What, then, does one anothering look like? The Scripture would have us know that you cannot experience the riches of the gospel when you delete the notion of “one another” from your activities. Throughout Scripture the concept of together is a given. God’s people in the Old Testament were not separate individuals who each had a relationship with God but not with people; rather, Israel was one people travelling together to the Promised Land and living side by side in order to help and support and encourage each other in the questions and challenges of life (cf Pss 122, 133). The Son of God came to this earth in order to relate to particular people, lay down his life for another, and make the redeemed his family (Mt 12:50), his church, his body. After the outpouring of the Holy Spirit, the apostles colored in what one anothering was to look like with a lengthy list of instructions: “be at peace with one another” (1 Thess 5:13); “outdo one another in showing honor” (Rom 12:10); “encourage one another” (1 Thess 4:18; 5:11); “build one another up” (1 Thess 5:11; Rom 14:19); “welcome one another” (Rom 15:7); “instruct one another” (Rom 15:14); “teaching and admonishing one another” (Col 3:16); “serve one another” (Gal 5:13; 1 Peter 4:10); “bear one another’s burdens” (Gal 6:2; Eph 4:2; Col 3:13); “submitting to one another” (Eph 5:21); “be kind to one another” (Eph 4:32); “forgiving one another” (Eph 4:32; Col 3:13); “seek to do good to one another” (1 Thess 5:15); “stir up one another to love and good works” (Heb 10:24); “confess your sins to one another” (James 5:16); “show hospitality to one another” (1 Peter 4:9) – and so many more such texts. These are all, of course, practical illustrations of Jesus’ words to his disciples before his arrest and crucifixion, “By this all people will know that you are my disciples, if you have love for one another” (John 13:35).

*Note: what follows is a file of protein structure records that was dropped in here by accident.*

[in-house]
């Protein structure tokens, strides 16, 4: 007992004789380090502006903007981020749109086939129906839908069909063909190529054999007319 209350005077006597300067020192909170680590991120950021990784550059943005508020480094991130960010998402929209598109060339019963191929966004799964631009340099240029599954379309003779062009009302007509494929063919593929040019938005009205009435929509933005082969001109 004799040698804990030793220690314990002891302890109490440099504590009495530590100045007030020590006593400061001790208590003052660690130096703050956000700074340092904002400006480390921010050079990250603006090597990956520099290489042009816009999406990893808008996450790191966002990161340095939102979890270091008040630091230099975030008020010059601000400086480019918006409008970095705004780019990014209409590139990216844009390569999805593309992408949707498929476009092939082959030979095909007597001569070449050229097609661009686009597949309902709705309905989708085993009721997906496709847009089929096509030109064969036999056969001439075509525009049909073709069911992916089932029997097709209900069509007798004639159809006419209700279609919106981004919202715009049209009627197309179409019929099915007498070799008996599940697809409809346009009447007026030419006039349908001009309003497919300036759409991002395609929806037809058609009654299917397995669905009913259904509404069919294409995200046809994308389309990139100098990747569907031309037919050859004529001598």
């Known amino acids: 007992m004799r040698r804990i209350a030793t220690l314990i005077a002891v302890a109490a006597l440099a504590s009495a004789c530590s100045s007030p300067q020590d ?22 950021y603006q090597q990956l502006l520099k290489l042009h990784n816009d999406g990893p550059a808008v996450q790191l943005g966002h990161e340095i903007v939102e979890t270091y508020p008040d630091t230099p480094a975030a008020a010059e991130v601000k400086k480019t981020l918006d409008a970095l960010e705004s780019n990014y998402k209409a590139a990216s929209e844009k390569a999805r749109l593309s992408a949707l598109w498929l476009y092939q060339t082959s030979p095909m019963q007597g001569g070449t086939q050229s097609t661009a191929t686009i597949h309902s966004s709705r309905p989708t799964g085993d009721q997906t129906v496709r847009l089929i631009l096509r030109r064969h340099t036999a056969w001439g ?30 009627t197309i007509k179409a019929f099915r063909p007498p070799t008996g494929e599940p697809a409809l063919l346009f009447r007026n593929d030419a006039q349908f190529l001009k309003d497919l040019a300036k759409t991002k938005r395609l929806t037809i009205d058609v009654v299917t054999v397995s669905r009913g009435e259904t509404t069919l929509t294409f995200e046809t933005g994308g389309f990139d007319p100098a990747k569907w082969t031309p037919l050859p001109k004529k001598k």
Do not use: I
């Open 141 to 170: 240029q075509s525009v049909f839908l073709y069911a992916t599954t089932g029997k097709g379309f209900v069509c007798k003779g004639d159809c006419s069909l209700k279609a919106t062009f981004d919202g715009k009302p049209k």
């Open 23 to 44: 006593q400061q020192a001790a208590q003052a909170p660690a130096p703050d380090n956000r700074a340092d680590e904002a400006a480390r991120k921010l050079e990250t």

But surely this much is obvious: to be there for one another, you also need to be with one another. In plain English: if you can’t be with one another you can’t be for one another. And that’s the problem: today being able to be with one another is restricted on account of COVID. That’s why I say that being there for one another is diminishing; the one anothering isn’t happening as it ought. And there will invariably be a price to pay for it.